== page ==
THE REPORT on what Section 28 has meant for teachers (Friday magazine, February 4) prompted three thoughts.
First, the legislation applies to the actions of teachers in schools where the employer is the local education authority. Second, a teacher's role is not one of counselling pupils about their sexuality, and third, that the reasons stated by the Government to repeal Section 28 do not actually justify repeal.
In areas of legislation relating to employment and health and safety, an employer can be held to be vicariously responsible for the actions of individual employees. In a similar way, I would expect that an LEA could be held responsible for the actions in respect of Section 28 of staff in their schools. An education authority subject to such sanctions is likely subsequently to direct their employees' actions.
In their pastoral role, teachers are expected to support and advise pupils on matters that affect theirprogress and life in the school. Not all teachers are trained as counsellors, and, in any case, the confidential and non-directive nature of counselling does not always sit easily with a situation where a teacher will wish to take action, say, to stop bullying.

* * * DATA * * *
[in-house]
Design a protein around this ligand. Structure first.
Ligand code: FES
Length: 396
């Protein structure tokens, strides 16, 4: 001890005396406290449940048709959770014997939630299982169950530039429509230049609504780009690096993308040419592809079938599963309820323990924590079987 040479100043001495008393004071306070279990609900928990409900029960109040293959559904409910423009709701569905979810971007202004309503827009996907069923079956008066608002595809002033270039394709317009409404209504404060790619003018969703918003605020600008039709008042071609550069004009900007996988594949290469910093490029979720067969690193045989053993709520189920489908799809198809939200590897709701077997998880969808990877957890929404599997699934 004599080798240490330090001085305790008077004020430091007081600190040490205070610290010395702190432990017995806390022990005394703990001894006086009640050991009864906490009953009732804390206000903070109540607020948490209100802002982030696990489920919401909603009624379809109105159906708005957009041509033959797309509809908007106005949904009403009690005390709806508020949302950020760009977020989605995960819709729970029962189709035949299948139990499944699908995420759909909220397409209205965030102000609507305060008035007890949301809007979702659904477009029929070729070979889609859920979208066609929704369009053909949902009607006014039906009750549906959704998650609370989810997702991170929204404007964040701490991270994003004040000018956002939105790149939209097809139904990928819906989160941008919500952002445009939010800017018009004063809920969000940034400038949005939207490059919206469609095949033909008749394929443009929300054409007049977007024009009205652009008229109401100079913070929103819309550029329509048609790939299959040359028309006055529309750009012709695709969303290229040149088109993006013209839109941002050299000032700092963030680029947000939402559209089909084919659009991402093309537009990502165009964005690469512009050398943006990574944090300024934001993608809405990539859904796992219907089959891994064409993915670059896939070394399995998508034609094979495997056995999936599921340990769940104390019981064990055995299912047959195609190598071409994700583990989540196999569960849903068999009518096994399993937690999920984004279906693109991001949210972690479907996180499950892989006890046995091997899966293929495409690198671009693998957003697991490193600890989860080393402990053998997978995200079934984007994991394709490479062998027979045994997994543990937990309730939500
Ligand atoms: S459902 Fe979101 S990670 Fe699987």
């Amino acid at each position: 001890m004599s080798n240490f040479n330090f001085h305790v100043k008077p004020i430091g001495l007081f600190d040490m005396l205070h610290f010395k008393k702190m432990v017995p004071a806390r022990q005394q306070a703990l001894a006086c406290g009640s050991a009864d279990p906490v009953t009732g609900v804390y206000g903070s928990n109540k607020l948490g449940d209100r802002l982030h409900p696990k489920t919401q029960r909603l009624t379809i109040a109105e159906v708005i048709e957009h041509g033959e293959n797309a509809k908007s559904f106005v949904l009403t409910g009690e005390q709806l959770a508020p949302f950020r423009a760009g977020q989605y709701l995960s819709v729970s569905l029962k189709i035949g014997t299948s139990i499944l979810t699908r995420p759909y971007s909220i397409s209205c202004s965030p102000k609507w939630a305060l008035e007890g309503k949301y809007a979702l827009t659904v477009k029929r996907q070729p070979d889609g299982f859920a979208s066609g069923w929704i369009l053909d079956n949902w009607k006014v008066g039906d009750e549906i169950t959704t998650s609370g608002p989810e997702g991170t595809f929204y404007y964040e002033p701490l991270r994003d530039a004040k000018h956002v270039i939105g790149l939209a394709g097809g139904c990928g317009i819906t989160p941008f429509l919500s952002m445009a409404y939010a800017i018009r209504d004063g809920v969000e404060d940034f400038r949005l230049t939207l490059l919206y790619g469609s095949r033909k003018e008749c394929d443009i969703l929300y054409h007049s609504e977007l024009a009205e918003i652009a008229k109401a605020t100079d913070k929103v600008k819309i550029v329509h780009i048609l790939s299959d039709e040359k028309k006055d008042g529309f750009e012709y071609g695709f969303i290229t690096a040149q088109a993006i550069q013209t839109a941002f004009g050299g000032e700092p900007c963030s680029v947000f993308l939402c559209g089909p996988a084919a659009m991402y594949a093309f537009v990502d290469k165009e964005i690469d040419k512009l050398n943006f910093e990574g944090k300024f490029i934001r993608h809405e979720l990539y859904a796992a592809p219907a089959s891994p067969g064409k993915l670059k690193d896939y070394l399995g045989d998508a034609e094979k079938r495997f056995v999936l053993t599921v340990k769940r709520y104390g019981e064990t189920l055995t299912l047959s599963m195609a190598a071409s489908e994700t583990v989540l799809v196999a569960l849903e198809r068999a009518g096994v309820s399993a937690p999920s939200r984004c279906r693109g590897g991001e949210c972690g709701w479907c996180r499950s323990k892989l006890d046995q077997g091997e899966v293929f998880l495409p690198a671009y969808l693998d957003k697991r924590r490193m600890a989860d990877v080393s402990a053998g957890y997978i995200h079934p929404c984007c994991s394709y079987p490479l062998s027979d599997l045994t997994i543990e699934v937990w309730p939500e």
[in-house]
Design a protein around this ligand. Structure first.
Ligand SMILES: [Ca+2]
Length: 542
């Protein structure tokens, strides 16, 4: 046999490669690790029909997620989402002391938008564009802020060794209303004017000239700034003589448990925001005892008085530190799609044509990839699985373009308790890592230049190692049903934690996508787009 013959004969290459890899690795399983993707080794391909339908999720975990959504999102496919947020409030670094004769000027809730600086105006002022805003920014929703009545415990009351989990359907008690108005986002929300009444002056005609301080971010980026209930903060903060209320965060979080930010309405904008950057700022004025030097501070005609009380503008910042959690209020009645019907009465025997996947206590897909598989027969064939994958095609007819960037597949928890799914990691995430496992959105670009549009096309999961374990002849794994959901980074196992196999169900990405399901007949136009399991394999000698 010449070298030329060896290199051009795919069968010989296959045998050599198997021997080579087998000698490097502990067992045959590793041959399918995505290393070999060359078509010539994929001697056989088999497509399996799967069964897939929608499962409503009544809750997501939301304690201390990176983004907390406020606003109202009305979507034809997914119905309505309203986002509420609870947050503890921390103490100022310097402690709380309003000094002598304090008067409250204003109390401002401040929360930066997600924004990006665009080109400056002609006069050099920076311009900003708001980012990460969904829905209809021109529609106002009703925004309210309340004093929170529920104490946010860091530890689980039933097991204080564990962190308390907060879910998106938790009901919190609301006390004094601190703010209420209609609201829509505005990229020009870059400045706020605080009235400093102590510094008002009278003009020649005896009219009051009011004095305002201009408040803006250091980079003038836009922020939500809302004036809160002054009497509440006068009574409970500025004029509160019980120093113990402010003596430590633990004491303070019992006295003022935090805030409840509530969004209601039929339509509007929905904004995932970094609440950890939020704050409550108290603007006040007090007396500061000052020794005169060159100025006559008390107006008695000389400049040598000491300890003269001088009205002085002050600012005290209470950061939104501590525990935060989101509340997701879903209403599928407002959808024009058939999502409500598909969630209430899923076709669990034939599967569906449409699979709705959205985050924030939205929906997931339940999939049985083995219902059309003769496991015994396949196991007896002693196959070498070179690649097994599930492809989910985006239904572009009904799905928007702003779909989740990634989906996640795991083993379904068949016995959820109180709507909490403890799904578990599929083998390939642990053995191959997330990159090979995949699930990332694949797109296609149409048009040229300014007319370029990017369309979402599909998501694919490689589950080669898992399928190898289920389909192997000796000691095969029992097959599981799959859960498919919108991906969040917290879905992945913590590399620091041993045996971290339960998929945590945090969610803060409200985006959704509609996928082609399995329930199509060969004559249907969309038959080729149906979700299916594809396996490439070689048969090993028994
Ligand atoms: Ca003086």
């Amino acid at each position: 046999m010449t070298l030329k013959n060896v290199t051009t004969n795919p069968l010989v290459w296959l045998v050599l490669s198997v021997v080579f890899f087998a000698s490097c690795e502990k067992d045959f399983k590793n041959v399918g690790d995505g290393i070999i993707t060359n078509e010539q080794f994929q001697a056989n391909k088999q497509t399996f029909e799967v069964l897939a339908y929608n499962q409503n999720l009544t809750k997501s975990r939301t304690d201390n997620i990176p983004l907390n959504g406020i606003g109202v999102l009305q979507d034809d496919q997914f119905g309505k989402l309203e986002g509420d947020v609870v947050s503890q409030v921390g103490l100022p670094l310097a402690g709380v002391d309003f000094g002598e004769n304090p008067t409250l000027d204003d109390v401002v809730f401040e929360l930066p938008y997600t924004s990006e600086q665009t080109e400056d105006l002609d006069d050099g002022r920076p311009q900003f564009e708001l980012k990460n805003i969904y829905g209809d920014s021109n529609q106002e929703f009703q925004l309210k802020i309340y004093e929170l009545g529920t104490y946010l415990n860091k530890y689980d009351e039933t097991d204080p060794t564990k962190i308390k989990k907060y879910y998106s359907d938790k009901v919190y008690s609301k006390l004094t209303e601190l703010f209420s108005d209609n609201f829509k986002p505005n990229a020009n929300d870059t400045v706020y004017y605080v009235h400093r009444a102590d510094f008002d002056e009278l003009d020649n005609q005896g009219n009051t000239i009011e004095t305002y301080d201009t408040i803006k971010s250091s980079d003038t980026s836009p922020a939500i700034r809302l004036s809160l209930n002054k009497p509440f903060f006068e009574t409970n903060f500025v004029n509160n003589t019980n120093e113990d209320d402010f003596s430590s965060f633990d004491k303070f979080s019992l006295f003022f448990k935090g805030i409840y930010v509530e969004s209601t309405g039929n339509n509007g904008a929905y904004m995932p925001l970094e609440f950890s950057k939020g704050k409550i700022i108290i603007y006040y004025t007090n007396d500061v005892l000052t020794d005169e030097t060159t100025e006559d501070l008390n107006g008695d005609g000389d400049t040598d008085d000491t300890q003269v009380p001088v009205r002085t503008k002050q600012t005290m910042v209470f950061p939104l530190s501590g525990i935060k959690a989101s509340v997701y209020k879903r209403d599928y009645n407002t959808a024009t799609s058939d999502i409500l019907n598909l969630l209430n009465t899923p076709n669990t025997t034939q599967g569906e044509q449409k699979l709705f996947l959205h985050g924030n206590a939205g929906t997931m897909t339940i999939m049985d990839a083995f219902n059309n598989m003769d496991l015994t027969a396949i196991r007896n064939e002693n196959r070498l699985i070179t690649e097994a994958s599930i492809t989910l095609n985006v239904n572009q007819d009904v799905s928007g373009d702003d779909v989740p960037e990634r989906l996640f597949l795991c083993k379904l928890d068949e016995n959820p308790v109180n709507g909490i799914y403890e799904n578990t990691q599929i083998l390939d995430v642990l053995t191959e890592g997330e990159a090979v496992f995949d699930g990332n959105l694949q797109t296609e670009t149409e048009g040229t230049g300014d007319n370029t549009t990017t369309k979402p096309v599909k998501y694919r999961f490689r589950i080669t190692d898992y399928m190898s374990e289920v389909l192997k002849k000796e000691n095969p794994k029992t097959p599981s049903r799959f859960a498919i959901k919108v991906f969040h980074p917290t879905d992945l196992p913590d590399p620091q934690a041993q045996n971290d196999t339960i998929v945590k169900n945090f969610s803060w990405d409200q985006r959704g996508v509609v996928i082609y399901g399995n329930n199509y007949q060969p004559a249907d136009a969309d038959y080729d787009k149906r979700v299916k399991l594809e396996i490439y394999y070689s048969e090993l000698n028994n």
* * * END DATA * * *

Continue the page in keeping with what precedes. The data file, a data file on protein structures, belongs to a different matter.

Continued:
A pupil experiencing difficulties because of their sexuality is entitled to exactly the same support from a teacher as any other pupil. The need for practical, sympathetic support is one a teacher might reasonably be expected to meet; to provide counselling can conflict with this.
Your report clearly showed that teachers are not prevented by Section 28 from responding to bullying and other difficulties as a result of pupils' sexuality. And if teachers should not be expected to act as counsellors, what remains of the Government's stated reasons for seeking repeal of Section 28? Not very much.
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